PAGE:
I think that’s wrong, but even if it were right, the response still wouldn’t make much sense. After all, nothing the Palestinians have done until now has worked either. What do they have to lose by trying nonviolence on a vast scale?
Some Israelis would say that Palestinians have never gone the Gandhian route because Arab political culture favors violence over peaceful protest. Leaving aside that this view is a mirror-image projection of how many Palestinians see Israelis, it’s also demonstrably false.
The Arab Spring of 2011 saw large, sustained nonviolent protests in Tunisia and Egypt, to name just two high-profile examples. In other Arab countries, like Syria and Libya, the Arab Spring protests began peacefully and turned violent only when it became clear that repressive regimes would fight back with extreme force.
Advocates of the movement to boycott Israeli products, divest stock in Israel-friendly companies, and sanction Israel’s government have argued that nonviolent pressure tactics from abroad can force Israel toward a two-state solution. That’s doubtful. So long as violence remains part of the Palestinian toolkit of resistance, Israelis will refuse to bend to mild economic isolation, and U.S. support will assure they can do so with relative impunity.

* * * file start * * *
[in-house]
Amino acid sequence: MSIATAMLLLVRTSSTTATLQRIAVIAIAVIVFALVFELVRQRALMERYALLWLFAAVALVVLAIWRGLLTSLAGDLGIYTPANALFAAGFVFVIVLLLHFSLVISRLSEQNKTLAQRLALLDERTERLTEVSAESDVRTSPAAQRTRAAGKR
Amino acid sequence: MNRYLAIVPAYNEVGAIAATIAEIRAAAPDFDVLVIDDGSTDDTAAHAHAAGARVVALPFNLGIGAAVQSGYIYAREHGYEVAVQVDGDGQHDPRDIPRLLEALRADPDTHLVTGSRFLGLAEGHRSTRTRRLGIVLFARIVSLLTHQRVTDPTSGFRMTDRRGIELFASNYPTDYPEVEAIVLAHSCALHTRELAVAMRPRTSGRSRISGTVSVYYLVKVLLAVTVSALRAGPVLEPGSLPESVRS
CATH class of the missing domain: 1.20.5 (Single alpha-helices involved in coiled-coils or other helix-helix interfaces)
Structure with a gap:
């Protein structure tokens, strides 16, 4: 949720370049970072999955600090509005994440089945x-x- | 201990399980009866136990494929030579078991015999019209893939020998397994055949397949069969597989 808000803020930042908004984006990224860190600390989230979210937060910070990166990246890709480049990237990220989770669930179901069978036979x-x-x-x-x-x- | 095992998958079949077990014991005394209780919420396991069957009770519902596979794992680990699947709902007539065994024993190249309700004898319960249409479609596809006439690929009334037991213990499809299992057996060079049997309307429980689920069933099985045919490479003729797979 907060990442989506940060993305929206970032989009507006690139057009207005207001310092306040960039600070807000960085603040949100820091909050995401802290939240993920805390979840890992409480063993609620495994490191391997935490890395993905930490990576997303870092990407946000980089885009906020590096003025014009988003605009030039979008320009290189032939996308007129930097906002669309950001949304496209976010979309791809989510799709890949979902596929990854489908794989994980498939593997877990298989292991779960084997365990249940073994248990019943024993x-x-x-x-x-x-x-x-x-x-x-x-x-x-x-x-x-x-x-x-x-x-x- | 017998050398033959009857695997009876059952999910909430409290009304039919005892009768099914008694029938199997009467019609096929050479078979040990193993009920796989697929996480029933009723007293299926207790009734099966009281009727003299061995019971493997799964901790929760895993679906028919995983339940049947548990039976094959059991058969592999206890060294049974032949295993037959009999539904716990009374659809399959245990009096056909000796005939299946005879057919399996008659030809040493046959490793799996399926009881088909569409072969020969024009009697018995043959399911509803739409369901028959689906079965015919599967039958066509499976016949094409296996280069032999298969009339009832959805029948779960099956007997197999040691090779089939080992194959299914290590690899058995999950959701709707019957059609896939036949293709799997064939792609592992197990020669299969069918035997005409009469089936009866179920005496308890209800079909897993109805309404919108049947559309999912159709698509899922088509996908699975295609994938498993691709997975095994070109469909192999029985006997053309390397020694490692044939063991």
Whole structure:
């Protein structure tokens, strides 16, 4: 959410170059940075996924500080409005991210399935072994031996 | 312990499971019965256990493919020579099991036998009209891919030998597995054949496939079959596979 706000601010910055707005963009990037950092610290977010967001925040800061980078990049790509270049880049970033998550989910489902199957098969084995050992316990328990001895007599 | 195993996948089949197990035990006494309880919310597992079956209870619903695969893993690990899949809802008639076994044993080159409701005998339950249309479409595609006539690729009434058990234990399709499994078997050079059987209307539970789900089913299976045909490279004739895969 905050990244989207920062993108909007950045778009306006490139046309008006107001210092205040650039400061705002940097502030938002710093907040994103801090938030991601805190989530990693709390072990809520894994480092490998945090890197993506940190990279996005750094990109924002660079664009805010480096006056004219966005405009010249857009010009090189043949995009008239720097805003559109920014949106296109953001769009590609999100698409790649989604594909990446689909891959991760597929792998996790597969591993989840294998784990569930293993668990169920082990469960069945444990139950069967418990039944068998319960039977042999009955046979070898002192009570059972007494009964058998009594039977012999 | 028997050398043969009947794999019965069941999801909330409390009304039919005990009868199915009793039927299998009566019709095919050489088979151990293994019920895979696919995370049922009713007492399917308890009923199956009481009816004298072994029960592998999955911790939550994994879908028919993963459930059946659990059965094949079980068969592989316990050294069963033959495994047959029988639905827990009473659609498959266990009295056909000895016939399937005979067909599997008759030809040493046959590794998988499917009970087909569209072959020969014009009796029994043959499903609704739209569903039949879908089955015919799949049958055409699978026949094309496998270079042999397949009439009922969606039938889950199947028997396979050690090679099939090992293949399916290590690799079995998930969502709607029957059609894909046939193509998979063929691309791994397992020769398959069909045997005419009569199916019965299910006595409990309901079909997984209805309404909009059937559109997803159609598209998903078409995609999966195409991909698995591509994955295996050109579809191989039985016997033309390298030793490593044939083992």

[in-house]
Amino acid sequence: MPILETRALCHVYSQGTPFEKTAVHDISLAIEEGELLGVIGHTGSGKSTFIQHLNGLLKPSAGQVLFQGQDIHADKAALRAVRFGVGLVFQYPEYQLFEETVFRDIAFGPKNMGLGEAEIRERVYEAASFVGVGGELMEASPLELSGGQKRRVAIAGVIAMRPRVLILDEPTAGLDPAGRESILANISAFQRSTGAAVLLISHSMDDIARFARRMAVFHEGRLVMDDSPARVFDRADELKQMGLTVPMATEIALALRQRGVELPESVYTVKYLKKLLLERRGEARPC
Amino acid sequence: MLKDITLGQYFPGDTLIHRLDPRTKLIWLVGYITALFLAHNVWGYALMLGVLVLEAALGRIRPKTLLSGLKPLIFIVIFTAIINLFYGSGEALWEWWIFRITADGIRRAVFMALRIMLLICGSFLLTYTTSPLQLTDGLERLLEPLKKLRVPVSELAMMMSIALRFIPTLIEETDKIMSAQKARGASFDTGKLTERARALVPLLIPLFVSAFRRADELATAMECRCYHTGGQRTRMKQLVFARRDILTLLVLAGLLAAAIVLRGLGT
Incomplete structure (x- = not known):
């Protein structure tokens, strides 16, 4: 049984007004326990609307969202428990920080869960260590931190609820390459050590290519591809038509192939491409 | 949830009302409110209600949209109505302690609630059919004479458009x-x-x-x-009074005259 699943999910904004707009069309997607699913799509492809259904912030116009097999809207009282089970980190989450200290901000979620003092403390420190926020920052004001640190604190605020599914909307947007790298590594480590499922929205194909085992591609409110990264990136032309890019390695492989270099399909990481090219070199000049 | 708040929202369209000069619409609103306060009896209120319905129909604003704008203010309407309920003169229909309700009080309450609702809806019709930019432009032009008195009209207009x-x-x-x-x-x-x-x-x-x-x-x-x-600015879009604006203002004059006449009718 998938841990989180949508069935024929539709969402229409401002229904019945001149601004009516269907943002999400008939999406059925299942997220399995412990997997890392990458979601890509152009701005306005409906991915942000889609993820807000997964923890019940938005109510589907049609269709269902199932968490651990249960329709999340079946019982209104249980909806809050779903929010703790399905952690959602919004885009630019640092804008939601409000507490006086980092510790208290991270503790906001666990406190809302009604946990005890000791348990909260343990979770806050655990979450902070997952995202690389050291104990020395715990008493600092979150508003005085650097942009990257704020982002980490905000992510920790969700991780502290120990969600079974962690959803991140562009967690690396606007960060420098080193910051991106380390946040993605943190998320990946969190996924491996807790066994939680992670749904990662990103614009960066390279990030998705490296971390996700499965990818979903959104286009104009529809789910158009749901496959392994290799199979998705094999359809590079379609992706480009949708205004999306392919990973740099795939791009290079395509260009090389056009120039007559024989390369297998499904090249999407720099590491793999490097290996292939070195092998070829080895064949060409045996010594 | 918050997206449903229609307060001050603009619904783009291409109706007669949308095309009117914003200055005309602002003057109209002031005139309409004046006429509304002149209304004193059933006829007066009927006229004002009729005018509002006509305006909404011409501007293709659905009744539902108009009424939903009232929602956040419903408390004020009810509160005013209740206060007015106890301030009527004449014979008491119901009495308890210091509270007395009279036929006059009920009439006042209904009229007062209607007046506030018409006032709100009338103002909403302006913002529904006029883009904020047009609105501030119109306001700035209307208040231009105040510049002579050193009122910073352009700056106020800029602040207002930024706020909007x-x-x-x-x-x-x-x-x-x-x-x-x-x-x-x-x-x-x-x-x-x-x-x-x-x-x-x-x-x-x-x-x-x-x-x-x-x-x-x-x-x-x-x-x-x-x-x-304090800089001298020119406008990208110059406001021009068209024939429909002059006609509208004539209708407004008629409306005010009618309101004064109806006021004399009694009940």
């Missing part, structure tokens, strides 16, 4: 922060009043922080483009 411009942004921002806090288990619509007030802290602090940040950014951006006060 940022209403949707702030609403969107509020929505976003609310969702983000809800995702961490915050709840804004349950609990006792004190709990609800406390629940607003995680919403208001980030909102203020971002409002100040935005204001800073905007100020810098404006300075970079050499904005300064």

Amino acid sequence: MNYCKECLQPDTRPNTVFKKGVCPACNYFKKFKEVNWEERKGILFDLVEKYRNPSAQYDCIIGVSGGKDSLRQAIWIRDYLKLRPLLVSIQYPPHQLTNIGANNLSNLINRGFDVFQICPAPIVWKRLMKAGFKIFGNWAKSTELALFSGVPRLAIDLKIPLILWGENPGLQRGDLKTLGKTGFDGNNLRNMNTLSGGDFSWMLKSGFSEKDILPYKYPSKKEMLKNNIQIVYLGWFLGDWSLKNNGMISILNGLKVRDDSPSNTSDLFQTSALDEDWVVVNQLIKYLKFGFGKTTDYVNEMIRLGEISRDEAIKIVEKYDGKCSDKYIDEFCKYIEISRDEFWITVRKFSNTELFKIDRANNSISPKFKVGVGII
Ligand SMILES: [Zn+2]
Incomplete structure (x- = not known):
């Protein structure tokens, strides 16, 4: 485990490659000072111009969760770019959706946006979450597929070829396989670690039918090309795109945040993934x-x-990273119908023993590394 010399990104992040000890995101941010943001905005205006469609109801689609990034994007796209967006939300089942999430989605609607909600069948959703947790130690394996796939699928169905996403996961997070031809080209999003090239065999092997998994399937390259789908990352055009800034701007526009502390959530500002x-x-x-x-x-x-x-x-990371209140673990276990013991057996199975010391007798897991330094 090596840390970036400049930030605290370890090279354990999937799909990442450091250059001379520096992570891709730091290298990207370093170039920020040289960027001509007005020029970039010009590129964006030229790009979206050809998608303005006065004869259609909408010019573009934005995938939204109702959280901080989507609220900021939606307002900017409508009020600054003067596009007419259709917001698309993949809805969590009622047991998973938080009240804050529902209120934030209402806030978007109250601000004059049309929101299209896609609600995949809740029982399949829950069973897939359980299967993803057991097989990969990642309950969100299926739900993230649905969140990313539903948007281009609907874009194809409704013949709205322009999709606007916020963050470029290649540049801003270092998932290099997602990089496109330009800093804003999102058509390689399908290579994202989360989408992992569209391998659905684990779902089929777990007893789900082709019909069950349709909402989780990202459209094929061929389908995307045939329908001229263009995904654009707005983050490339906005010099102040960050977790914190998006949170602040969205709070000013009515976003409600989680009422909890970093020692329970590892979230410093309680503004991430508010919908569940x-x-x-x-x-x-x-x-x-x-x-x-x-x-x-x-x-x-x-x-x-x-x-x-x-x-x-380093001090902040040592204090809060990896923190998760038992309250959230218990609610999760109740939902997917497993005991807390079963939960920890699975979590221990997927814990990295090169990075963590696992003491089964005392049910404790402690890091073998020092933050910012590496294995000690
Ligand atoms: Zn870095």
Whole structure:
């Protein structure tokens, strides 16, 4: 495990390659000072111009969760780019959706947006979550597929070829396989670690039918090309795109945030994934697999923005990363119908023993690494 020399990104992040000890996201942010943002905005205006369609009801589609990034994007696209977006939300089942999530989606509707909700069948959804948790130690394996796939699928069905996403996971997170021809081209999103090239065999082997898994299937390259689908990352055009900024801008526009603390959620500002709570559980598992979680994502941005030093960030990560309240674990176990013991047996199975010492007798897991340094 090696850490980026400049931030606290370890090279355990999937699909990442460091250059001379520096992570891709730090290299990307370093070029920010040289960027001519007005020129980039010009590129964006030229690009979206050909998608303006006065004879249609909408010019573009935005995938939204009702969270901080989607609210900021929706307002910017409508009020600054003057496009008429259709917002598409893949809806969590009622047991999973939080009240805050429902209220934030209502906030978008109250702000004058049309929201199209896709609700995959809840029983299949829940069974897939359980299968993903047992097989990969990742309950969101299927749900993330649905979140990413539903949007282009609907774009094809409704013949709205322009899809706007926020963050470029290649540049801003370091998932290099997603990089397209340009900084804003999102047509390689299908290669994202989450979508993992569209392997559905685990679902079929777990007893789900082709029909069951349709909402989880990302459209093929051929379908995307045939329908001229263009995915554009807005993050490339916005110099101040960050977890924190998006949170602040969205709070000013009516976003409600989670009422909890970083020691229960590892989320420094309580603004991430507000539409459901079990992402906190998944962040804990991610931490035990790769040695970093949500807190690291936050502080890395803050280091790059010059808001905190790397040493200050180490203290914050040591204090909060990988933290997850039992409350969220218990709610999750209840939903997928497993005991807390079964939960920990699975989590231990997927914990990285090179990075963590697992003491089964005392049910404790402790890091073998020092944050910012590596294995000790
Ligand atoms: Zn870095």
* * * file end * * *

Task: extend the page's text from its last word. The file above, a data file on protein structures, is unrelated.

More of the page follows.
Accustomed to European and indeed global condemnation, Israelis don’t care about world opinion as they once did. Inured to criticism, they’ve made do with de facto alliances, including with Arab states.
If they want to change the attitudes of Israelis and Americans, and hence change Israel’s actions, Palestinians need to do something radically different. Traditional tactics have not brought a two-state solution. Nonviolent civil disobedience could make the difference — and is well worth a try.
This column does not necessarily reflect the opinion of the editorial board or Bloomberg LP and its owners.
Noah Feldman is a Bloomberg View columnist. He is a professor of constitutional and international law at Harvard University and was a clerk to U.S. Supreme Court Justice David Souter. His seven books include “The Three Lives of James Madison: Genius, Partisan, President” and “Cool War: The Future of Global Competition.”
Featured image: Wikimedia Commons